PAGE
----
When Qatar was awarded the first World Cup to ever take place in the Middle East, some eyebrows were raised because, well, it’s going to be 110 degrees Fahrenheit in the shade when the games take place during the summer months and the country only has one stadium that was deemed worthy enough to use.
Still, the country has until 2022 to work out these problems. Part of its bid promised that it would build nine of the most gorgeous stadia you’ve ever seen. They will be air-conditioned to ensure the good feeling and health of the players and fans alike. Also, some are promised to be modular so that they can be taken apart after the Cup and sent along to developing countries so they can enjoy them along with their Texas Rangers 2011 World Series champs T-shirts.
So who is going to build these lovely places? The BBC reports that “over 90% of Qatar's workforce is made up of foreign migrant workers, many of them from South and East Asia,” and several labor unions argue that the workers are not being treated humanely and that, in fact, it's a modern-day form of slavery.
"FIFA has the power to make labor rights a requirement of the Qatari authorities who are hosting a World Cup," Sharan Burrow, general secretary of the International Trade Union Confederation told Reuters.
FIFA has used its political might in the past, imposing a “code of working practice” and contractor compliance on the manufacturing of soccer balls that carry the FIFA logo in order to combat child labor being used to make them.
Qatar's "ability to deliver the World Cup is totally dependent on severe exploitation of migrant labor, which we believe to be barely above forced labor conditions," said Ambet Yuson, general secretary of the Building Workers International, the BBC notes.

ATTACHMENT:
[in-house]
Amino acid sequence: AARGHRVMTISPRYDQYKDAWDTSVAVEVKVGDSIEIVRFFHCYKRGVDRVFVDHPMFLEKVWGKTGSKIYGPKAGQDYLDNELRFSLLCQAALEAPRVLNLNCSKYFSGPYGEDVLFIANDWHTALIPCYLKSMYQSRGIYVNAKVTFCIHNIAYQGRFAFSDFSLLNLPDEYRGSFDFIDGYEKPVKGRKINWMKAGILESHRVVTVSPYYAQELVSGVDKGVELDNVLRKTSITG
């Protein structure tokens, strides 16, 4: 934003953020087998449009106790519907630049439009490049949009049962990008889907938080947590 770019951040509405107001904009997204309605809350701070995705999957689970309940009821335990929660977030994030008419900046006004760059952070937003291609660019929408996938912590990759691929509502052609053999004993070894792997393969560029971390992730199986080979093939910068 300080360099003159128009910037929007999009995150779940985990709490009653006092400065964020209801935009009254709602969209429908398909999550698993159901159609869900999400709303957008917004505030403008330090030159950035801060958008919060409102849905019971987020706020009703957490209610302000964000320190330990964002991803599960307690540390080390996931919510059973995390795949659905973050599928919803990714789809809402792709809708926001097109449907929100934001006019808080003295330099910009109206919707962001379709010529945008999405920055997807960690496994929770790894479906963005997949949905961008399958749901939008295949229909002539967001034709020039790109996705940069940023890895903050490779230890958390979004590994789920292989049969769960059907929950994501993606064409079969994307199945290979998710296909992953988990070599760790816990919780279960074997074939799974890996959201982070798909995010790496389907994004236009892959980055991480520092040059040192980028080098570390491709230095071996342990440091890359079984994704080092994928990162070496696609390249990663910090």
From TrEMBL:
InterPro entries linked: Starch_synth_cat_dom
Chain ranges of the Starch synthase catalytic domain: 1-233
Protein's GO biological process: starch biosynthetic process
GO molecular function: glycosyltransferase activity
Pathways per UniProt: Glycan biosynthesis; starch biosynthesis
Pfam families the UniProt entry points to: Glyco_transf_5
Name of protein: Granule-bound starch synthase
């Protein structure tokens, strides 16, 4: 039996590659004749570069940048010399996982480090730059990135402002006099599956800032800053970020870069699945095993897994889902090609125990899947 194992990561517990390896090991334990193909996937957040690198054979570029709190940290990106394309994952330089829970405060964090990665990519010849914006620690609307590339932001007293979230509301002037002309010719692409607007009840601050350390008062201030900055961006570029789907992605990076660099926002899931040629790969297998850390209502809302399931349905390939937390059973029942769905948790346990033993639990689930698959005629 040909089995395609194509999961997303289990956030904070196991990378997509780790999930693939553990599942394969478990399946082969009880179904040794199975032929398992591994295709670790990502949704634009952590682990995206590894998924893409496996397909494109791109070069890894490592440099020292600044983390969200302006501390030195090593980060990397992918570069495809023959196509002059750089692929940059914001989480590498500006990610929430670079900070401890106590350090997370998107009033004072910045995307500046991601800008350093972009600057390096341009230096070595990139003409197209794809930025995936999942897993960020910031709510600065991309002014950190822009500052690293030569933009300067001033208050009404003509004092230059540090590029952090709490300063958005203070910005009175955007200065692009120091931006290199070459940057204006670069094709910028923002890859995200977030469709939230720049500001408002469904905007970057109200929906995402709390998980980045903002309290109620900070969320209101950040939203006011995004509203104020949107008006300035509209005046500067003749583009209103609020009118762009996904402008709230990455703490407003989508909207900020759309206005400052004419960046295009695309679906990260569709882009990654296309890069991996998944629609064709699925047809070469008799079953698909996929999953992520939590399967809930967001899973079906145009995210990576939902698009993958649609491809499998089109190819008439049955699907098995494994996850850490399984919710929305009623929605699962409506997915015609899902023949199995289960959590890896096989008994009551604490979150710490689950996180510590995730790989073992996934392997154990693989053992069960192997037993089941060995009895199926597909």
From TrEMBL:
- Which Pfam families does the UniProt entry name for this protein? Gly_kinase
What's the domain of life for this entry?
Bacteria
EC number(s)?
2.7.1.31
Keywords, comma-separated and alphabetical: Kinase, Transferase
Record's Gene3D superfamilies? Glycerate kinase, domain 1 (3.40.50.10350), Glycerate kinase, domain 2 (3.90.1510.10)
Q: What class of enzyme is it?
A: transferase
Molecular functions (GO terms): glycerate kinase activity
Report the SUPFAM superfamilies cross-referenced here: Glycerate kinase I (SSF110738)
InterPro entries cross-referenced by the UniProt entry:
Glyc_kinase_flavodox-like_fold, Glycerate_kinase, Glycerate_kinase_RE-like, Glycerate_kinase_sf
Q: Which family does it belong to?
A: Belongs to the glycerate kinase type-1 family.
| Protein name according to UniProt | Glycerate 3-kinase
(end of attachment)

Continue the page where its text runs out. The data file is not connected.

The protest worked, with FIFA general secretary Jerome Valcke vowing to work with Qatar to address international concerns over labor conditions and workers' rights in Qatar.
The dust-up comes as FIFA — still reeling from corruption allegations — faces another embarrassement today, with fresh calls for the resignation of FIFA President Sepp Blatter (in the middle, at top) "after saying racial abuse on the soccer field could be settled by a handshake and quickly forgotten," as AP notes.
"Blatter’s latest gaffe follows previous verbal missteps such as suggesting that female players should wear tighter shorts, and gay fans should refrain from having sex at the 2022 World Cup in Qatar where homosexual acts are illegal. Blatter managed to further discredit FIFA just weeks after he won some praise for promising to confront allegations of financial wrongdoing by senior colleagues as part of reforms following damaging allegations of bribery, vote-rigging and ticket scams."
Watching FIFA is proving to be livelier and scrappier than the sport it governs — although we don't think that's the intention of soccer's governing body.